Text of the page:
La Sierra de Guadarrama, un Parque Nacional junto a Madrid
The Sierra de Guadarrama, which lies less than an hour’s drive from the centre of Madrid, is the latest area to be designated as a National Park by Central Government (in 2013). That declaration (largely requested by experts, ecologists and nature protection organisations in general) only went ahead following the recognition of the many biological, geological and scenic assets of this enormous ecosystem covering almost 34,000 hectares, whose altitude reaches 2,428 metres at its highest point, the Peak of Peñalara.
Here a succession of vast coniferous forests, high mountain grasslands, snow-covered landscapes, huge rock fields, streams, seasonal waterfalls and lakes of glacial origin add up to an area of exceptional environmental value which is inhabited by a few endemic species and by others at risk of extinction in Spain.
Where is the Sierra de Guadarrama, and what is it like?
The Sierra de Guadarrama separates the autonomous regions of Madrid and Castilla León through the eastern part of what is known as the Sistema Central [Central System]. From a geological point of view, this mountain range is characterised by its huge formations of granite rock. The Sierra de Guadarrama itself consists of several cols, among which the Peñalara peak stands out, by virtue of its height and of its geological and biological uniqueness. Other significant features include the Camino del Nevero, Cuerda Larga, the Sierra de La Morcuera, Siete Picos, La Fuenfría, La Pedriza, Peña del Oso and Montón de Trigo. Many of these cols reach heights of over 2,000 metres, and are usually covered in snow throughout the winter and well into the spring.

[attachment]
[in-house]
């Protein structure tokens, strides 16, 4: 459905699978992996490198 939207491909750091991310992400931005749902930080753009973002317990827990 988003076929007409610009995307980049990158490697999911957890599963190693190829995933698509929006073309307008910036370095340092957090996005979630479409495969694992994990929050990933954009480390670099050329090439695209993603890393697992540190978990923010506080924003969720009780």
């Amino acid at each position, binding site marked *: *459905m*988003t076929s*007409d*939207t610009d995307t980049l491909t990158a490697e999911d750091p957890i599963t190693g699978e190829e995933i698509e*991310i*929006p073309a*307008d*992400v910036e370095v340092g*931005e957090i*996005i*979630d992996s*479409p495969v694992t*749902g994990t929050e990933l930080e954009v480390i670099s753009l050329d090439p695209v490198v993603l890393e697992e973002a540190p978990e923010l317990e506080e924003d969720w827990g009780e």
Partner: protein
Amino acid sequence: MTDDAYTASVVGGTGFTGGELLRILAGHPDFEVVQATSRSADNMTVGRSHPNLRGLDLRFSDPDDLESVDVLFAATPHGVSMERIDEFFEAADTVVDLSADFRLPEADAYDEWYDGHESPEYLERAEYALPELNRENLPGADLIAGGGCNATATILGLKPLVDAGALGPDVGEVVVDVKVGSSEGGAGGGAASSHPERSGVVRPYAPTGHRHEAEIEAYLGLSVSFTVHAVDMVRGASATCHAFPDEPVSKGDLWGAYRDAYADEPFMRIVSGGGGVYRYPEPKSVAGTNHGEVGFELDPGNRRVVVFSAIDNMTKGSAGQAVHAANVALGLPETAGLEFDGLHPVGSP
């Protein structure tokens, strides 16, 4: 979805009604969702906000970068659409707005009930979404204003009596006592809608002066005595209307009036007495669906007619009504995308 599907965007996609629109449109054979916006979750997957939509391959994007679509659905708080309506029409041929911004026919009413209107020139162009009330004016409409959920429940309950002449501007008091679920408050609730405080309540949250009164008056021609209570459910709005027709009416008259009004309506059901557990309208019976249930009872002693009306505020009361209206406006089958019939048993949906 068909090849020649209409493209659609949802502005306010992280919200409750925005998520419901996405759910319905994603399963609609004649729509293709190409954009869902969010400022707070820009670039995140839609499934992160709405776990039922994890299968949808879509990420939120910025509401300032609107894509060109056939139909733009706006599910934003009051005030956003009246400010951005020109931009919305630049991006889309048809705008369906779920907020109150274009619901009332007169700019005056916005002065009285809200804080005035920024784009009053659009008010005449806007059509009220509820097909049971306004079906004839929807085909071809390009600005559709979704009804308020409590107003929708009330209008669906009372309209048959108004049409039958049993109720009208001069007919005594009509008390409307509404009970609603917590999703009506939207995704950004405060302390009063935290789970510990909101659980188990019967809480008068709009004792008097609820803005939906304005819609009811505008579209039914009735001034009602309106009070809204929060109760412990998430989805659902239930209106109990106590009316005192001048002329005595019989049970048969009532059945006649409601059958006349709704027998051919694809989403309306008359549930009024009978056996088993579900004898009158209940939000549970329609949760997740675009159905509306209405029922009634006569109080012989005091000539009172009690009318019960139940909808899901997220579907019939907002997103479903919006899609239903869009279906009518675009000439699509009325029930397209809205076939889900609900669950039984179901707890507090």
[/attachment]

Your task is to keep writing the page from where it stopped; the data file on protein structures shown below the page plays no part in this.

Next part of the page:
Beneath these peaks, there are vast stretches of pine forests, Pyrenean oak woods, alpine grasslands and peat bogs with a glacial and preglacial landform.
The flora and fauna of the Sierra de Guadarrama
The Sierra de Guadarrama has enormous biological wealth. Many endemic species, mainly of flora, thrive here. The most important include:
- Wild pine (Pinus sylvestris Iberian)
- Wild broom
- Creeping juniper
- Psychroxerophile grasslands
Also in the area, there are 43 special trees recorded. All are enormous, hundred-year-old specimens, and ten of them are within the National Park itself.
The Sierra de Guadarrama is also especially rich in birdlife, with 133 catalogued species. These include:
- The black vulture
- The Iberian imperial eagle
- The golden eagle
- The alpine accentor
- The bee-eater
- The chough
- The barn owl
- The red kite
- The wood pigeon
Where mammals are concerned, the star attraction is the ever-increasing population of Iberian wolves. However, the herds of roe deer and mountain goats also merit attention, as well as the voles, badgers, and a species that has unfortunately acclimatised perfectly to the Sierra de Guadarrama, and which causes widespread problems with the native colonies of small mammals: the American mink.
Of course, one must not forget the presence of reptiles such as the Iberian emerald lizard, Cyrén’s rock lizard, wall lizard, fire salamander and the European smooth snake.